20171108, 03:45  #1 
May 2004
2^{2}×79 Posts 
Modified Fermat's theorem
Works when the base is a Gausian integer as well as Z + Z*I*sqroot(7). Members may recall that Modified Fermat's theorem as a^(p^21) = = 1 (mod p) where p is
prime of shape 3m + 1 or 4m+3. 
20171110, 03:58  #2 
May 2004
474_{8} Posts 

20171110, 11:33  #3 
May 2004
316_{10} Posts 
Modified Fermat's theorem
This has been practically proved for Gaussian integer and bases a + b*sqrt(5).
see (Hardy's intro to number theory and Pollard's intro to algebraic number theory.For the rest of quadratic algebraic integers I do not know about proofs.However I can, with the help of pari, say what it works for. In my next post will give a few for which this conjecture seems to be valid. 
20171112, 03:47  #4  
May 2004
13C_{16} Posts 
Quote:


20171112, 04:26  #5 
Aug 2006
3×1,993 Posts 

20171112, 10:07  #6 
Mar 2016
397 Posts 

20171112, 11:23  #7  
May 2004
100111100_{2} Posts 
Quote:
Thank you. Last fiddled with by devarajkandadai on 20171112 at 11:30 Reason: Typo 

20171112, 11:34  #8 
"Forget I exist"
Jul 2009
Dumbassville
2^{6}×131 Posts 

20171112, 15:39  #9 
Feb 2017
Nowhere
2^{2}×3×13×37 Posts 
The obvious "generalization of Fermat's theorem" is the generalization of Euler's theorem to number fields. This, in turn, is a special case of the result that, if G is a finite group, g is an element of G, and G the number of elements in G, then g^{G} = 1, the identity of G. This is a consequence of Lagrange's theorem, applied to the cyclic group generated by g. The application to number fields is, R is the ring of algebraic integers of a number field K, I is a nonzero ideal of R, and G = (R/I)^{x} the multiplicative group of invertible elements mod I (which is finite).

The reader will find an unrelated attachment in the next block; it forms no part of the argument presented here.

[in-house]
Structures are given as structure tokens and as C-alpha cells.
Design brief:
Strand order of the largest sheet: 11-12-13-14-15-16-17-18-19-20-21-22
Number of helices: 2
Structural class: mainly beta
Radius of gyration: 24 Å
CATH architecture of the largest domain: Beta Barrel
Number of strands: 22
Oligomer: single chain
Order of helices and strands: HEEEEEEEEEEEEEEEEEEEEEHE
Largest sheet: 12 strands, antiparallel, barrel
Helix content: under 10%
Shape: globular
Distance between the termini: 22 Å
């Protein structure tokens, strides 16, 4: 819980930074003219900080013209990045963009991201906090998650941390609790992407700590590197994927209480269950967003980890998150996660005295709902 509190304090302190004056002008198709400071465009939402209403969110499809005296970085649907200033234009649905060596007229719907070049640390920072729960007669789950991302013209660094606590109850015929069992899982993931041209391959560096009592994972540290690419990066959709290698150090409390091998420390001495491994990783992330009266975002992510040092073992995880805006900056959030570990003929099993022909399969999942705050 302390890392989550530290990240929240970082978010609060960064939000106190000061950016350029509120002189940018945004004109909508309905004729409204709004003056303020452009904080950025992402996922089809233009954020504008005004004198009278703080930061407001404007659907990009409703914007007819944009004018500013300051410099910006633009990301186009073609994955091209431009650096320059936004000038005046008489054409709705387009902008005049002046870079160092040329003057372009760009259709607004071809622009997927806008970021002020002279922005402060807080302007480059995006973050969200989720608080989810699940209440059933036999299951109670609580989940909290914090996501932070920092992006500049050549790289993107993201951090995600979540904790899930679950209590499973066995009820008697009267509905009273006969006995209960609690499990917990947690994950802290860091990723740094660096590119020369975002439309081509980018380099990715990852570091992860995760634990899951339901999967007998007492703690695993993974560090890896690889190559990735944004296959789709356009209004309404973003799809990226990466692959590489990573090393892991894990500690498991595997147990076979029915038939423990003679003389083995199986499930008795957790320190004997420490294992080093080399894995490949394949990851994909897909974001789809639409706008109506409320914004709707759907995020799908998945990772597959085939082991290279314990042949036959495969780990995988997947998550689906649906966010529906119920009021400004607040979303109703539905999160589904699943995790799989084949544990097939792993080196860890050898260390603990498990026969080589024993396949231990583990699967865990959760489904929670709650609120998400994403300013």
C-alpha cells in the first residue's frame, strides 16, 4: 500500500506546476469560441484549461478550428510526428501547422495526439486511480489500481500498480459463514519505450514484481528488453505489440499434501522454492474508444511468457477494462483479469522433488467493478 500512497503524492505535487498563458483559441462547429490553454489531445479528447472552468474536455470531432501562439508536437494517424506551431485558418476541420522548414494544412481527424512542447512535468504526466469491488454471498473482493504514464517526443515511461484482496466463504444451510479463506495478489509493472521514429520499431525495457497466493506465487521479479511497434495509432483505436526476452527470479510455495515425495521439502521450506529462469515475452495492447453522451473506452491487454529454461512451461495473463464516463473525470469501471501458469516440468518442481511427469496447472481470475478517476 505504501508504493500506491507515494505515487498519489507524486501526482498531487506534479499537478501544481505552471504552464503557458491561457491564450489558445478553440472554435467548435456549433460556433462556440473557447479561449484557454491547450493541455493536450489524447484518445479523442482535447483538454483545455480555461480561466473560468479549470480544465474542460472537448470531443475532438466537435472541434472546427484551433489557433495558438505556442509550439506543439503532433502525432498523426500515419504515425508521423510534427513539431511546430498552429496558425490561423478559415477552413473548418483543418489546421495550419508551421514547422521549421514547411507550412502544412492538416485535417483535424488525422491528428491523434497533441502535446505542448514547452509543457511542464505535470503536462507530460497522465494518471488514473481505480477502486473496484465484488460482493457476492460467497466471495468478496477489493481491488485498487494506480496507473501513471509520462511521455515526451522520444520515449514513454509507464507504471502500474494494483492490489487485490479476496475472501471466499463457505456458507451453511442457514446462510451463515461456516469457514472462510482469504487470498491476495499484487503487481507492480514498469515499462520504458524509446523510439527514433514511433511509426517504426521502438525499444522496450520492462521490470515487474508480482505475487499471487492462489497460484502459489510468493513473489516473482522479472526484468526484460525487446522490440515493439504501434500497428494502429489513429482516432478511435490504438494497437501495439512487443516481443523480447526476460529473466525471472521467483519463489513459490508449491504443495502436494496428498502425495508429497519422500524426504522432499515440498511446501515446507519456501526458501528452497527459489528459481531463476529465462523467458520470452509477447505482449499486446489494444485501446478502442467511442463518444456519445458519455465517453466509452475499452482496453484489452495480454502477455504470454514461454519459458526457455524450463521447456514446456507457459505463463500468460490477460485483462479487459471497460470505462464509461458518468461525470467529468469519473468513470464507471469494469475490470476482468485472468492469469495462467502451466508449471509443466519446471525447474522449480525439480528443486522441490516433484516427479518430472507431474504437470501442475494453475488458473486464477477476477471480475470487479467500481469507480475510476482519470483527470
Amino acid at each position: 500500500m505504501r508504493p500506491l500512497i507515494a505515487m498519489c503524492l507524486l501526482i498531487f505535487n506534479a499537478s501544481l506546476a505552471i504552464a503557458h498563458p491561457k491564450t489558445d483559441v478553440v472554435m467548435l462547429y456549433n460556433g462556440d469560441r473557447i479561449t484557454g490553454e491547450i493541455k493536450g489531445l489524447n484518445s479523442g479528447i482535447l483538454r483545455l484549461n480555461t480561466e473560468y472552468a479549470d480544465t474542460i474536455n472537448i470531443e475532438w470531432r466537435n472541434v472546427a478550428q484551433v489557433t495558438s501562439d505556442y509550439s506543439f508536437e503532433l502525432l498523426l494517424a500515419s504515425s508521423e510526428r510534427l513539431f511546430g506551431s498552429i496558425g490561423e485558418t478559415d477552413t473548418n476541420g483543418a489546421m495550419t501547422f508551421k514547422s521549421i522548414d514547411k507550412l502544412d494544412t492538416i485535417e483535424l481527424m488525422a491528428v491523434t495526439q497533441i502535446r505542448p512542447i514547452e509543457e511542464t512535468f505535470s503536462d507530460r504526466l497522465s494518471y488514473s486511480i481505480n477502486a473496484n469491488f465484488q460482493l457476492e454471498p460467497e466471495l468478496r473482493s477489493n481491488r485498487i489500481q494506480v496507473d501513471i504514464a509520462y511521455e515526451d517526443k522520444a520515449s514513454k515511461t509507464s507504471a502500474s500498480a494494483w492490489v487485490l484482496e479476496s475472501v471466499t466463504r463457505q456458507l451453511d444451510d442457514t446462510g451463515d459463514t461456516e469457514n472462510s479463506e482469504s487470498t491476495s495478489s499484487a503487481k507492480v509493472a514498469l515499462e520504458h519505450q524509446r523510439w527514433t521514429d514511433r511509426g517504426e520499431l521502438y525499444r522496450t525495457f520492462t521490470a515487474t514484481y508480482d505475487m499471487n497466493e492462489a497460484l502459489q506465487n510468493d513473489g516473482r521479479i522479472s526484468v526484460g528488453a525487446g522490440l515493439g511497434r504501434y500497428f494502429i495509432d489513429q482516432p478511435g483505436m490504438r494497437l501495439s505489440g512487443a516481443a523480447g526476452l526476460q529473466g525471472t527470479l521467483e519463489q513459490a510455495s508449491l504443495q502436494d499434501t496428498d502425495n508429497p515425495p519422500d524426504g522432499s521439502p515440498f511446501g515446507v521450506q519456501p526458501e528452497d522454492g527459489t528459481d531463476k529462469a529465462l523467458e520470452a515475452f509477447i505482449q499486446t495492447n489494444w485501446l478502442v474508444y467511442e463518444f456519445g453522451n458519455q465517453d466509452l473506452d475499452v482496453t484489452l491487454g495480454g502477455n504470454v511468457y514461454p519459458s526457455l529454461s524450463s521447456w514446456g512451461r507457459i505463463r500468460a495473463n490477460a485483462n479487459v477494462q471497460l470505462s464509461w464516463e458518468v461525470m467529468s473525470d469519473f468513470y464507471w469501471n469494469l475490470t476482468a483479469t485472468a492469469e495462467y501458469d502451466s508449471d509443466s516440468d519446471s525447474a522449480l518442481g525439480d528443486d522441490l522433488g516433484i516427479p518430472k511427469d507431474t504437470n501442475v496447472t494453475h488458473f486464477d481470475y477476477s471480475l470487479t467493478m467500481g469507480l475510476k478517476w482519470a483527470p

20171112, 16:50  #10  
"Serge"
Mar 2008
Phi(4,2^7658614+1)/2
9823_{10} Posts 
Quote:
What the heck does it even have to do with the topic of this thread, huh?! You just go from thread to thread and spam with "your website". Greetings from the composites! Have a nice day! 

20171112, 17:09  #11  
Mar 2016
397 Posts 
Quote:
In the given link you find a detailled version to the different cycle construction. This was a gentle and completely correct mathematic link. Besides you will not find this detailled information some where else. The link i have given is a part of nice mathematic and programmed skill. It is not nice to shoot with big guns, without any reason. By the way, i have dealt since some times with primes, and i have spent a lot of work to give a clear information about some prime topics on my website. You do not seem to appriciate my own work. Primes are very beautiful flowers Greetings from the primes Bernhard 

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